As millions of people took to the streets in Iraq to protest the presence of US occupation forces, the Western corporate media was “busy” playing down the massive anti-US protests.
The BBC tried to underplay the massive numbers by using the misleading headline for millions of Iraqis as merely “huge crowds”. The CNN website meanwhile concealed the event behind subjective anti-Iran propaganda pieces.
Nevertheless, in the age of social and alternate media, facts quickly decimated the neo-colonialist narrative pushed by the corporate media, presenting the pictures and videos of massive turnout in Iraq.
As millions of Iraqis marched through Baghdad shouting, “Yes to Sovereignty!” and "Get out, get out, occupier!" the beginning of the political anti-US regional storm was clearly gathering steam.
The US will face stiff resistance across all segments of Iraqi society if it fails to heed the people’s call to get out.
The Western corporate media presented the march as a protest only by supporters of prominent Iraqi Islamic leader, Sayed Muqtada al-Sadr, in order to frame the protests as non-representative of the entire Iraqi society.
Even though al-Sadr was the first political leader to call for the million-man march against the illegal US presence in Iraq, most of Iraq’s leading political forces backed his call.
Had the protests in Iraq been against Islamic Iran, for instance, the corporate media would have turned it into top news with screaming headlines for several days.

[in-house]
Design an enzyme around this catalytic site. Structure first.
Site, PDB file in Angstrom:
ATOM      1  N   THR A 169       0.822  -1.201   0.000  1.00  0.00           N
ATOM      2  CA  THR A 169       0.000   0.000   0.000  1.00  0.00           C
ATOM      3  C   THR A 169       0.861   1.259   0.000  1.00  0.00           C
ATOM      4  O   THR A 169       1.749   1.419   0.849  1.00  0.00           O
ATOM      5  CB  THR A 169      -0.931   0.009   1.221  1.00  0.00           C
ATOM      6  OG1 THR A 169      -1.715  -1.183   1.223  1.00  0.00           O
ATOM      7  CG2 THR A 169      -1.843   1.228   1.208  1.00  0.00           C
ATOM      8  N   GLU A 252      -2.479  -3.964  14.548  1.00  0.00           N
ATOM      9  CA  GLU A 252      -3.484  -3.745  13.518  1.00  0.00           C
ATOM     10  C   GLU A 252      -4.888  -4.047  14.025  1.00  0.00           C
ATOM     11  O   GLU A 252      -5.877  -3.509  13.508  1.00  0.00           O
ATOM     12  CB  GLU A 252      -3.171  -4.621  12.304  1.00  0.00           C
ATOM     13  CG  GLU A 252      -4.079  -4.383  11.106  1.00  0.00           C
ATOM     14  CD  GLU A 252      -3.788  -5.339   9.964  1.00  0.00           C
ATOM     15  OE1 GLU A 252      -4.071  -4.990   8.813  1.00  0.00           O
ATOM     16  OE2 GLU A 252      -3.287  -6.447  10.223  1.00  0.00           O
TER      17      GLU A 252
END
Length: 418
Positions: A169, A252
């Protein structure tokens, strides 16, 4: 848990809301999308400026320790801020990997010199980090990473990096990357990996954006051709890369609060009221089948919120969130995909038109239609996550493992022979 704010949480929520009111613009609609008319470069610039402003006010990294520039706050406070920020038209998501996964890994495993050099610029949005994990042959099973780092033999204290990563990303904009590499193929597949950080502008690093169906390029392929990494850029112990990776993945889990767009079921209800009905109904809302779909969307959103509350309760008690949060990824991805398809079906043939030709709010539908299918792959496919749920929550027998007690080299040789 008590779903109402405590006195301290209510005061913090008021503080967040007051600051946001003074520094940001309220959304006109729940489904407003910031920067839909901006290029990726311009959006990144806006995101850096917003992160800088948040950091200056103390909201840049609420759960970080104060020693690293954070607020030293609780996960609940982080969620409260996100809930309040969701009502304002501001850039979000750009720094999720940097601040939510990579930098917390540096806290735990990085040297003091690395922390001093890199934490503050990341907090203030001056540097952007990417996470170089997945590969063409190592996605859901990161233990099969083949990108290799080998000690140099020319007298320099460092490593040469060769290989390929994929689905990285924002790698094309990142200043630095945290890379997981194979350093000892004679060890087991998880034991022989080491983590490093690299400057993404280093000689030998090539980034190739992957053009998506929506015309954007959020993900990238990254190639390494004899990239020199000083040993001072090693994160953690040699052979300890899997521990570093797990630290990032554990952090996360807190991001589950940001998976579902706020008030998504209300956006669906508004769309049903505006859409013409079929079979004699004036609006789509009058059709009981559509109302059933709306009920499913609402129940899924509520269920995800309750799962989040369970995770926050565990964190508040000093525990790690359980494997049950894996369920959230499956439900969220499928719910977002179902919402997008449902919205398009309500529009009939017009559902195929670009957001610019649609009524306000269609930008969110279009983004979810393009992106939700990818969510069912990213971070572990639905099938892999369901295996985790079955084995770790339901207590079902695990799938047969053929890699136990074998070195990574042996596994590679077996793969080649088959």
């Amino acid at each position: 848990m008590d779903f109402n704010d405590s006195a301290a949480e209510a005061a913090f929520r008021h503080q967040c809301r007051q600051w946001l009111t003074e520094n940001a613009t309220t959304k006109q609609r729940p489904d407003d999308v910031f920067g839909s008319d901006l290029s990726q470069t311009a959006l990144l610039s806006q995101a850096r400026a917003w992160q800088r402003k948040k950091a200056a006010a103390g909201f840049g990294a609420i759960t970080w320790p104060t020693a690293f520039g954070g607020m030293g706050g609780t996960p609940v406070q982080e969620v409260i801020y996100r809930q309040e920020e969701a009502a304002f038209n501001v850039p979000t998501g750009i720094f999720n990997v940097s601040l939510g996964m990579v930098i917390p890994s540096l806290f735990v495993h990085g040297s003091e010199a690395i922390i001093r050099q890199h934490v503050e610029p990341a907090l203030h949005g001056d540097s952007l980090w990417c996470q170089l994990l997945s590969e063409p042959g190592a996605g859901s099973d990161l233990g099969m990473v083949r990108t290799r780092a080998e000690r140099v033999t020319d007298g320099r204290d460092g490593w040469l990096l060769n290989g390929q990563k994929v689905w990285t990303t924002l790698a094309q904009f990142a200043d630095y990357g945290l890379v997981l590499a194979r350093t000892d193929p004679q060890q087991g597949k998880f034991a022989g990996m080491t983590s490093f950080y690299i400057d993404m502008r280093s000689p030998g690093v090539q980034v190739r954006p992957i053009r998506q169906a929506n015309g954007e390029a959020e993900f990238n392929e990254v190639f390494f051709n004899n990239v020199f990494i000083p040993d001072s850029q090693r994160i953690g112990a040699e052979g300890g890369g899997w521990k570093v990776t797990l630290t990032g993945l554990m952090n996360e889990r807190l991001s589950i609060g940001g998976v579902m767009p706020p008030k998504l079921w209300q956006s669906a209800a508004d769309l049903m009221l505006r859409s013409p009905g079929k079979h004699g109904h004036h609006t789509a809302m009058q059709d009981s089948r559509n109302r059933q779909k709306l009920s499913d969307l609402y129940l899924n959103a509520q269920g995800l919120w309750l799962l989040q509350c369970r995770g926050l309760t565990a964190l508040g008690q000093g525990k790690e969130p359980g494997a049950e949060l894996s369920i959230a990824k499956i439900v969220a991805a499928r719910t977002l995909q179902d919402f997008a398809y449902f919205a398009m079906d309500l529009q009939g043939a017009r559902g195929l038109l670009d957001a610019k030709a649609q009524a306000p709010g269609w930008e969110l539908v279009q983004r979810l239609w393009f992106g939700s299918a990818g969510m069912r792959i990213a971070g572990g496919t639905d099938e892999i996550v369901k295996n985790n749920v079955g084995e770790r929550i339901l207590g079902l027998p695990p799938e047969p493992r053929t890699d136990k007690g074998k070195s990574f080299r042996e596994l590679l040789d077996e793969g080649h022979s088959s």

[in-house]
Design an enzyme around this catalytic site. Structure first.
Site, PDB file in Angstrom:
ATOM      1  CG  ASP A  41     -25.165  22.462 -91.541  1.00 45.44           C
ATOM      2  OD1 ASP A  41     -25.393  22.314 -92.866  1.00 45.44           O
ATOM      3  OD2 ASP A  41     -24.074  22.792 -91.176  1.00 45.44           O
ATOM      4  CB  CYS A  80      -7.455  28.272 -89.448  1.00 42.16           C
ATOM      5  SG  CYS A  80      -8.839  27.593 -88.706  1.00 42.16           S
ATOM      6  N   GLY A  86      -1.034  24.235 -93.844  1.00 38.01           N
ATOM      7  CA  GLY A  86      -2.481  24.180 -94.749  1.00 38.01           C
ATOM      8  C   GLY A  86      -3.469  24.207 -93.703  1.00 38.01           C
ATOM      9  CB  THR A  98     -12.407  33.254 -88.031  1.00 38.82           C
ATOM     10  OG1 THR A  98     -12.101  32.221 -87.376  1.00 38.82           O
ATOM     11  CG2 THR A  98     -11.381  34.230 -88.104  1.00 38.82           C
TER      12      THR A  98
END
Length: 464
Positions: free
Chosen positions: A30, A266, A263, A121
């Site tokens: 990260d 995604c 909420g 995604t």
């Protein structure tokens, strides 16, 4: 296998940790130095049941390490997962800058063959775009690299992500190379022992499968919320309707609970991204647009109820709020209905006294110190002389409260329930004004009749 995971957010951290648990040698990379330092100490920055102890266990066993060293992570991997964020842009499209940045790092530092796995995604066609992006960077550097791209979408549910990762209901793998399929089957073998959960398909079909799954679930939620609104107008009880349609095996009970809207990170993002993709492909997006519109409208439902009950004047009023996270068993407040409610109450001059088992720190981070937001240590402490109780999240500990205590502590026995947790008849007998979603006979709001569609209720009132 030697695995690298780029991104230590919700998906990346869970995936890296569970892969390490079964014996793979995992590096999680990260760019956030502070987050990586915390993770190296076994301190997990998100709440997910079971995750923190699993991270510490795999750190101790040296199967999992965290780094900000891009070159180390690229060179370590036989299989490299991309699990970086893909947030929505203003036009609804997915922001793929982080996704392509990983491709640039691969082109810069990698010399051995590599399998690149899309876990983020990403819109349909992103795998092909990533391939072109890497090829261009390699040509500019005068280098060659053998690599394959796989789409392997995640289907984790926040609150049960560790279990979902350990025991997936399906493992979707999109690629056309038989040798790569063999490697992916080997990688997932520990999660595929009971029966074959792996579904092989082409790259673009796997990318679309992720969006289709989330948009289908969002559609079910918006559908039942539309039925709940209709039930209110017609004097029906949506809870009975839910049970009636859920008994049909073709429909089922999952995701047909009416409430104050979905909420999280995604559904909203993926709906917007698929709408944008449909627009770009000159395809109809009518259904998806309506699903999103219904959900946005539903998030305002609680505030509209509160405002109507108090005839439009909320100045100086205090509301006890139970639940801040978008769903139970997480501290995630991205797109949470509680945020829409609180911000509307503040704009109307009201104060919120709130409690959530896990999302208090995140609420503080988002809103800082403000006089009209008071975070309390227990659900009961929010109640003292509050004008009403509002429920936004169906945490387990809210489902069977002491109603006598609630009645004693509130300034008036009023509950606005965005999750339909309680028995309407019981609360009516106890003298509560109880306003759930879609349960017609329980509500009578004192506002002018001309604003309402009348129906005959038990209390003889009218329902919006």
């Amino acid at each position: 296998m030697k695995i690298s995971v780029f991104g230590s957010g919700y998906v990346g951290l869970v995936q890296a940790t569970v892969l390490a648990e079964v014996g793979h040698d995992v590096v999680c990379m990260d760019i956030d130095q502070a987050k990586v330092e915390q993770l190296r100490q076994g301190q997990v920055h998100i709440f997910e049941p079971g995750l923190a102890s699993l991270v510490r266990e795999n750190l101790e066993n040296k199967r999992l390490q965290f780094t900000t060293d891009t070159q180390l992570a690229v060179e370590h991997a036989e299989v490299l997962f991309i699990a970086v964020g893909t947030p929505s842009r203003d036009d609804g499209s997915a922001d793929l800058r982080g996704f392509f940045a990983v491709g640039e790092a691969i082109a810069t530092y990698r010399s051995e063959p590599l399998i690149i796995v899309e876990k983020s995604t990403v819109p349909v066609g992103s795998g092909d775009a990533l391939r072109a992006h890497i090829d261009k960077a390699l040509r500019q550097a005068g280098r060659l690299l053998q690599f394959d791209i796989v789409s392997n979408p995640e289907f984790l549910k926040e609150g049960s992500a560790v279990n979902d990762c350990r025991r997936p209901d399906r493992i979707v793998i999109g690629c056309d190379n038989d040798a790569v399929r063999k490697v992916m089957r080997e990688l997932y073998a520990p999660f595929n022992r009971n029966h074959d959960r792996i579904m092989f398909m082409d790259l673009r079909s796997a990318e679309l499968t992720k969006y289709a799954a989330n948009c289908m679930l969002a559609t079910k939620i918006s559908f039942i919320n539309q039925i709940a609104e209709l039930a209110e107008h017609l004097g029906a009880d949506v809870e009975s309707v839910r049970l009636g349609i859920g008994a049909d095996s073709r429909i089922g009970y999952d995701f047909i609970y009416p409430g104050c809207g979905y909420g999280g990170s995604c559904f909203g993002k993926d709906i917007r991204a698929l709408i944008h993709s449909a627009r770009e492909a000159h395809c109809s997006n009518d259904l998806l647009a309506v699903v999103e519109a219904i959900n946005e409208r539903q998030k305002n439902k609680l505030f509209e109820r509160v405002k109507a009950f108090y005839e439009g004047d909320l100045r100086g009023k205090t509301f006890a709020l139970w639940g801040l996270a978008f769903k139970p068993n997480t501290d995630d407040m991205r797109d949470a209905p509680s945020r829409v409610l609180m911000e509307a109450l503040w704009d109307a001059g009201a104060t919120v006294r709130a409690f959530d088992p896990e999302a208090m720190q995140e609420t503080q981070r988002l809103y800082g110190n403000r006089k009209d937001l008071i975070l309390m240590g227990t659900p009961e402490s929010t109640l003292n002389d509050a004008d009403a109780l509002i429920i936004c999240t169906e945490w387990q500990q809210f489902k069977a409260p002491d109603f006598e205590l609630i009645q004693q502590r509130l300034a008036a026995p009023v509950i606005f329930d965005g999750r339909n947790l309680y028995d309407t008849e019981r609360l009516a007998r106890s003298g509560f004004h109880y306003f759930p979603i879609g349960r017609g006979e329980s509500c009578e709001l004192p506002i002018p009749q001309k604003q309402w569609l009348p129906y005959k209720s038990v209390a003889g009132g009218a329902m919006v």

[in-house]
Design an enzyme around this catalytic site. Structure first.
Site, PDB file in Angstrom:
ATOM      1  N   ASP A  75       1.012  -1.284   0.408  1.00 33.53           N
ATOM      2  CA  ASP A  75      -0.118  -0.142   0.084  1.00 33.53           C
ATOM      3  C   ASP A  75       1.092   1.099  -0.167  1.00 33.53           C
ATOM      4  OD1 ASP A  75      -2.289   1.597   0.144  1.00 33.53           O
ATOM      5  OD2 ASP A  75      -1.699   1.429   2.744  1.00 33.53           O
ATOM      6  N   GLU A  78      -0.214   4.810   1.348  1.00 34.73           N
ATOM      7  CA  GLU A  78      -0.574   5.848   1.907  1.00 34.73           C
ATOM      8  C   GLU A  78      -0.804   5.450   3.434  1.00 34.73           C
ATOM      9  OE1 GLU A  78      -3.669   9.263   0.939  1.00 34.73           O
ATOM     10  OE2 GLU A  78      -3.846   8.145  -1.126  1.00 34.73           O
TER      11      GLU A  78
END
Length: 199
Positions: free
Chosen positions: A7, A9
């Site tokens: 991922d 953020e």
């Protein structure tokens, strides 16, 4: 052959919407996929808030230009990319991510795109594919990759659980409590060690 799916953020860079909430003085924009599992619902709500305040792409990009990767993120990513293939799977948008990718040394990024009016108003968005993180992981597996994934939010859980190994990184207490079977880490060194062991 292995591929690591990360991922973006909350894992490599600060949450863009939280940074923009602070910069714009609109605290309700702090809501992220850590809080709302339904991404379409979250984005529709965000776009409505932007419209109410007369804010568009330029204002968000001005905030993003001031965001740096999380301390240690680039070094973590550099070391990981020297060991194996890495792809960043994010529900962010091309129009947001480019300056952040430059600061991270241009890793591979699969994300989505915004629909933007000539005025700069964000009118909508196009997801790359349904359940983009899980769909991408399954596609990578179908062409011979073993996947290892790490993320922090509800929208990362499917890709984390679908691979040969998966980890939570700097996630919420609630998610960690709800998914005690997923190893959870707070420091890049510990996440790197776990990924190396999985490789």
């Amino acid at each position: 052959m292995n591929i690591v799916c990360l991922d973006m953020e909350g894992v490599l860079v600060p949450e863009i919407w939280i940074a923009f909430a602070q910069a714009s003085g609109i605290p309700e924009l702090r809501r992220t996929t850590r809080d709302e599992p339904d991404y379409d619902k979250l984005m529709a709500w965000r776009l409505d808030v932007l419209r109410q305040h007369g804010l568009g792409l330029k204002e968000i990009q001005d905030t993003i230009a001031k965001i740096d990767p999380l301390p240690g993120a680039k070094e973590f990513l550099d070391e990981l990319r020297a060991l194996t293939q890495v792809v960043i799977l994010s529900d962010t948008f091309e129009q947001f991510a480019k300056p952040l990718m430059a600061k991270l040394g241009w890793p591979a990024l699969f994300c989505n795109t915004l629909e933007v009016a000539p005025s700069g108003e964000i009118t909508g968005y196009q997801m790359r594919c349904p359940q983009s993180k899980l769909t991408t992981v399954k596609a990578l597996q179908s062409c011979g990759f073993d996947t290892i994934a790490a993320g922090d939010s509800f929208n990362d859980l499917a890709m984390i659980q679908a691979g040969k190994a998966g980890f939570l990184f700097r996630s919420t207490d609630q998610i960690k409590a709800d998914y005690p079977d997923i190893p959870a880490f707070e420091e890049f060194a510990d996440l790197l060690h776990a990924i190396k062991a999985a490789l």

This sort of mainstream media duplicity is evident when one compares their exaggerated reporting about a few hundred anti-Islamic protestors in Iran, following the Ukrainian airline tragedy.
The small anti-Islamic protests in Iran were milked for selfish political gains and presented in blaring headlines across the Western media landscape.
The confident presence of millions of participants against US military presence in Iraq reflects the fact that after spending trillions of dollars, Washington lacks the support of the Iraqis and has clearly lost both the hard and soft war.
The ability of Iraqi political forces to mobilize millions of people—one estimate put the number at 4 million—to protest peacefully shows that the Iraqis, with Iran’s help, have managed to significantly disrupt the terrorist activities of Daesh.
If Daesh were at their operational level, they would have launched terrorist attacks against the massive but peaceful crowds, as they have done in the past.
Thus, Washington and its surrogates can no longer claim that they need to occupy Iraq in order to fight Daesh, which the US created.
The mass protests in Iraq signal the beginning of the Islamic movement’s strategic political response to the assassination of General Qassem Soleimani.
The regional paradigm has clearly shifted.
Demanding the expulsion of the US is no longer an alternative political view but a very mainstream demand of Muslims in the region. A demand they are no longer afraid to express and act upon.